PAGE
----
The agreement has been approved by the boards of directors of both Microsoft and Skype. The acquisition will increase the accessibility of real-time video and voice communications to consumers and enterprise users.
Some users are worried - Gloria Sin writes on ZDnet:
"As one of the paying Skype users, I’m wary of what Microsoft will do to Skype (will it suddenly require frequent patches and updates to plug security holes, for example?) but hope it can help make Skype even more ubiquitous for digital communication."A commenter on Sin's article calls out Microsoft:
Sin asks "Just why did Microsoft drop so much money for a company that always seem to be on the market the past couple of years (its most recent owners include original founders Niklas Zennstrom and Janus Friis, who reacquired most of the shares from eBay in 2009)? Once you get past the sticker shock, the deal does make business sense for both companies. After all, while Skype has over 663 million (170 million per month) global users and are on many mobile devices, only 8.8 million users pay for the service according to its April SEC filing, so it needs to expand to remain competitive."
"If you have a Windows PC, Mobile Device, or XBOX, expect to pay for what you get for free right now (i.e. Skype to Skype calls)."TeensTalkTech blogs more optimistically:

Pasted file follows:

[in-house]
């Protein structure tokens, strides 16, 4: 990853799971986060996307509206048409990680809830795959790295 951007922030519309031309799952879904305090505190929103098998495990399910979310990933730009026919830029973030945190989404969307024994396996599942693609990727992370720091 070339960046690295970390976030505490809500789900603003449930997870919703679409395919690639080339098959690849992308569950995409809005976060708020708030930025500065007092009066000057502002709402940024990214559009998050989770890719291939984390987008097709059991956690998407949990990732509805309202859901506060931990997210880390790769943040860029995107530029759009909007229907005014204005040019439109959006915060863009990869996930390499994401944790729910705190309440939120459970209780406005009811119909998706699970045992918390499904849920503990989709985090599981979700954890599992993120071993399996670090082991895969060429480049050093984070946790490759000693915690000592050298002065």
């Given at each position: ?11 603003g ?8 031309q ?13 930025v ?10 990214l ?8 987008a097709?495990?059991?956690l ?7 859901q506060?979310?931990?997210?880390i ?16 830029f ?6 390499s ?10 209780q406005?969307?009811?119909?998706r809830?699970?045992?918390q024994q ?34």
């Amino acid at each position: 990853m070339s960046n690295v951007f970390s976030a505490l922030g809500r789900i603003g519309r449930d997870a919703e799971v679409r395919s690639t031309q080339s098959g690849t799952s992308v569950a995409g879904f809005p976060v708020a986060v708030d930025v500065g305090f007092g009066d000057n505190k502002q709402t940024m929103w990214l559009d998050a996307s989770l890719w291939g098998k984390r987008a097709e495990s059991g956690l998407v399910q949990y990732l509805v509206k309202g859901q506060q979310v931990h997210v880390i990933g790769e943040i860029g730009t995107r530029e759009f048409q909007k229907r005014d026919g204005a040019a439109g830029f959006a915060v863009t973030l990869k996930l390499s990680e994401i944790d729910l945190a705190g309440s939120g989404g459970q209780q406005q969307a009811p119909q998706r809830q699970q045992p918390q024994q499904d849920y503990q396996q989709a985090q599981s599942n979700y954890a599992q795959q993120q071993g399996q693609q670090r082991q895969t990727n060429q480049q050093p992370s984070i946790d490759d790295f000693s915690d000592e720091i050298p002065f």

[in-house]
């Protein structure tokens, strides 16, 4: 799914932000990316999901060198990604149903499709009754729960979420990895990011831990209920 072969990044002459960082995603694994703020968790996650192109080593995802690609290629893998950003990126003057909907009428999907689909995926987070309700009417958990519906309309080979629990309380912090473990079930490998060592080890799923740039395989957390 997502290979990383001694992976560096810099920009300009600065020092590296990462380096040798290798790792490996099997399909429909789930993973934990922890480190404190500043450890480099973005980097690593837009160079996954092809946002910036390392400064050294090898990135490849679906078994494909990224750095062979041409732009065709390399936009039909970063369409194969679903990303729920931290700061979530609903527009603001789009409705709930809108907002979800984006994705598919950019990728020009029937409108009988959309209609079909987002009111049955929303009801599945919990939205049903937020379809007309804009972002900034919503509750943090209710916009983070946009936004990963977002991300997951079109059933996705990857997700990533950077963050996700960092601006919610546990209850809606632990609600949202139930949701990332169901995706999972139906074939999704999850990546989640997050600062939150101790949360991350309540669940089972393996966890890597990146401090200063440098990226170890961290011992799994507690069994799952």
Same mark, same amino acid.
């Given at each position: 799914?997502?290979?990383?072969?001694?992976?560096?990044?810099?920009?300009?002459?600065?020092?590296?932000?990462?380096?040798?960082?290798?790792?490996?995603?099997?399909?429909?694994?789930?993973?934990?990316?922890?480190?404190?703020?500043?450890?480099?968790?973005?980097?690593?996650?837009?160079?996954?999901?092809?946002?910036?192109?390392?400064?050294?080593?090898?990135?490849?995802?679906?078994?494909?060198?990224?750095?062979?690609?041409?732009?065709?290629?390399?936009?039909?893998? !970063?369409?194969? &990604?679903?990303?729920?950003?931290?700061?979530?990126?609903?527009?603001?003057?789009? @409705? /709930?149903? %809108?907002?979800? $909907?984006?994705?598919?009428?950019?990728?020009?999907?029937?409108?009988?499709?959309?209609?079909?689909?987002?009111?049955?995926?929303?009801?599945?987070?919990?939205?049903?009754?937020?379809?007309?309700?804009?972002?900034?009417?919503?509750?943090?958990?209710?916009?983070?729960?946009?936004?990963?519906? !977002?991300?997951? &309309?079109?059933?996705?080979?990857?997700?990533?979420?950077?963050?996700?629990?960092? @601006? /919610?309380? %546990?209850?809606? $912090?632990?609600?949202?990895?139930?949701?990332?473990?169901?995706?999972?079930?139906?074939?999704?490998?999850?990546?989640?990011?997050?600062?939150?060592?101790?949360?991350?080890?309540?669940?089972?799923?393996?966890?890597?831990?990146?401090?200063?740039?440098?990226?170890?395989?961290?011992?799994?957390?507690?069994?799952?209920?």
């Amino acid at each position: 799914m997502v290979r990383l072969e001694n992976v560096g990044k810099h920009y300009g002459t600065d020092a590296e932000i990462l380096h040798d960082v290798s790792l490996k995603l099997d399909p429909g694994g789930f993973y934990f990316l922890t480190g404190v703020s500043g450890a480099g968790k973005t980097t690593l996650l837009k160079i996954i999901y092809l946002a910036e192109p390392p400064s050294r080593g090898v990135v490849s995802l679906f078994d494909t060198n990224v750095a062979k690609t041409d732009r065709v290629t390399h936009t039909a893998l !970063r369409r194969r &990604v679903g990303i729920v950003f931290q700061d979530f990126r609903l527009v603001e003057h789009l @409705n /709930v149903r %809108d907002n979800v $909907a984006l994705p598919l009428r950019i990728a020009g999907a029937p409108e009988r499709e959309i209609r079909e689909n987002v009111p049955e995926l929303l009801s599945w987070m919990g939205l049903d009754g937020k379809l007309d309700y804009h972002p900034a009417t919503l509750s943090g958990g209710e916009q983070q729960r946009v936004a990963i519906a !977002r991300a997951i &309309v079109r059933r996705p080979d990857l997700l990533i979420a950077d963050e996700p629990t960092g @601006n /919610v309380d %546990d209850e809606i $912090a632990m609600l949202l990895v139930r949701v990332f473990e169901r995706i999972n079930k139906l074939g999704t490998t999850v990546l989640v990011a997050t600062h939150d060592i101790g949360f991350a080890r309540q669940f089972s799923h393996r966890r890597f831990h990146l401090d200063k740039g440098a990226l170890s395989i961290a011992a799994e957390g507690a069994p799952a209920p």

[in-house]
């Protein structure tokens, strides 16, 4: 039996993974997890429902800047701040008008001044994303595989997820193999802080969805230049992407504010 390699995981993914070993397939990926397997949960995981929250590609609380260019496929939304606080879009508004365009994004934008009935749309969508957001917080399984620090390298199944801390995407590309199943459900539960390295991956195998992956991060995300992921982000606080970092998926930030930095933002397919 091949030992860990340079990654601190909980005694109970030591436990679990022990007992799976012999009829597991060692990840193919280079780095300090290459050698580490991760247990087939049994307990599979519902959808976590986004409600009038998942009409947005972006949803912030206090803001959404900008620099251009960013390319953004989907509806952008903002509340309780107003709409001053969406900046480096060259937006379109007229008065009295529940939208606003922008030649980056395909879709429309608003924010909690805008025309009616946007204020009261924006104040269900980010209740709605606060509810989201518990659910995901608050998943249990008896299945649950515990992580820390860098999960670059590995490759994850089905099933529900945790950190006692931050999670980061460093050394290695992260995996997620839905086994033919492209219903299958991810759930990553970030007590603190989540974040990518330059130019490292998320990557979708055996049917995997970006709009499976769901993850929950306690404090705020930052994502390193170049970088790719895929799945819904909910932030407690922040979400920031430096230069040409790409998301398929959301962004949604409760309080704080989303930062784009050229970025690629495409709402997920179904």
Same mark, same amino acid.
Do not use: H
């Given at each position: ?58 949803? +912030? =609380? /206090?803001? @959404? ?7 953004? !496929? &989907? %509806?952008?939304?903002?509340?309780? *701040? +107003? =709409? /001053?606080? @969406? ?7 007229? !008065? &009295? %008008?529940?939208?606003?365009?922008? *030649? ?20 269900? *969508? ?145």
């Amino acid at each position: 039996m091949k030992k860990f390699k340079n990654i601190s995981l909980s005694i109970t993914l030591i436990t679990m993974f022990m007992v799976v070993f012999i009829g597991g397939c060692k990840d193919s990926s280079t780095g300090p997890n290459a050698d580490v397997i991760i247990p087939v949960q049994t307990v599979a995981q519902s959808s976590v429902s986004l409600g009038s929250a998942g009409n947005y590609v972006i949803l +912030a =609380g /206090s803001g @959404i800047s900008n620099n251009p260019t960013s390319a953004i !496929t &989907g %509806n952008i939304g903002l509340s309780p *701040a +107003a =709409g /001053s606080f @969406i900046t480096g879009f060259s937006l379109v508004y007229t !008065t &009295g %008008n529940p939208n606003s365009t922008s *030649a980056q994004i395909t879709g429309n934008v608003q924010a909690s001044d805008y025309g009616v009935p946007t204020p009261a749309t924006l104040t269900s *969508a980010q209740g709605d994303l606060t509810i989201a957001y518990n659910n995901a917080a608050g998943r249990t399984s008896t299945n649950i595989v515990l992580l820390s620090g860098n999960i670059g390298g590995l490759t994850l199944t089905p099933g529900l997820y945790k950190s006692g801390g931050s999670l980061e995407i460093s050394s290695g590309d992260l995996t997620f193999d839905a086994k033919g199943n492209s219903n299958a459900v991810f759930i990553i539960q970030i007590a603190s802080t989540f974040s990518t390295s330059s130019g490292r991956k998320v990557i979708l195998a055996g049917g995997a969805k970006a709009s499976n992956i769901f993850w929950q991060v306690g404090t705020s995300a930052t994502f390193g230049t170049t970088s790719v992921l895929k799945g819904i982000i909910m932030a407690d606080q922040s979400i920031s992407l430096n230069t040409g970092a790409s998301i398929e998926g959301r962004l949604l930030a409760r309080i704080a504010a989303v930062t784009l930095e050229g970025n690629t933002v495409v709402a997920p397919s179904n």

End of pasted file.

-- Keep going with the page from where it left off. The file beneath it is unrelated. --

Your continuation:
"For this Skype deal to be successful Microsoft will want you to be using their service over the competition (FaceTime, Google Talk etc.) particularly when your on a non-Microsoft product."With 170 million connected users and over 207 billion minutes of voice and video conversations in 2010, Skype has been a pioneer in creating rich, meaningful connections among friends, families and business colleagues globally. Microsoft has a long-standing focus and investment in real-time communications across its various platforms, including Lync, which saw 30 percent revenue growth in Q3, Outlook, Messenger, Hotmail, and Xbox LIVE.
Skype will support Microsoft devices like Xbox and Kinect, Windows Phone and a wide array of Windows devices, and Microsoft will connect Skype users with Lync, Outlook, Xbox Live, and other communities. Microsoft will continue to invest in and support Skype clients on non-Microsoft platforms.
Skype will become a new business division within Microsoft, and Skype CEO Tony Bates will assume the title of president of the Microsoft Skype Division, reporting directly to Microsoft CEO Steve Ballmer.
Founded in 2003, Skype was acquired by eBay in September 2005, and then acquired by an investment group led by Silver Lake in November 2009. Skype has made impressive progress over the past 18 months under Silver Lake’s leadership, increasing monthly calling minutes by 150 percent, developing new revenue streams and strategic partnerships, acquiring the intellectual property powering its peer-to-peer network, and recruiting an outstanding senior management team.
The acquisition is subject to regulatory approvals and other customary closing conditions. The parties hope to obtain all required regulatory clearances during the course of this calendar year.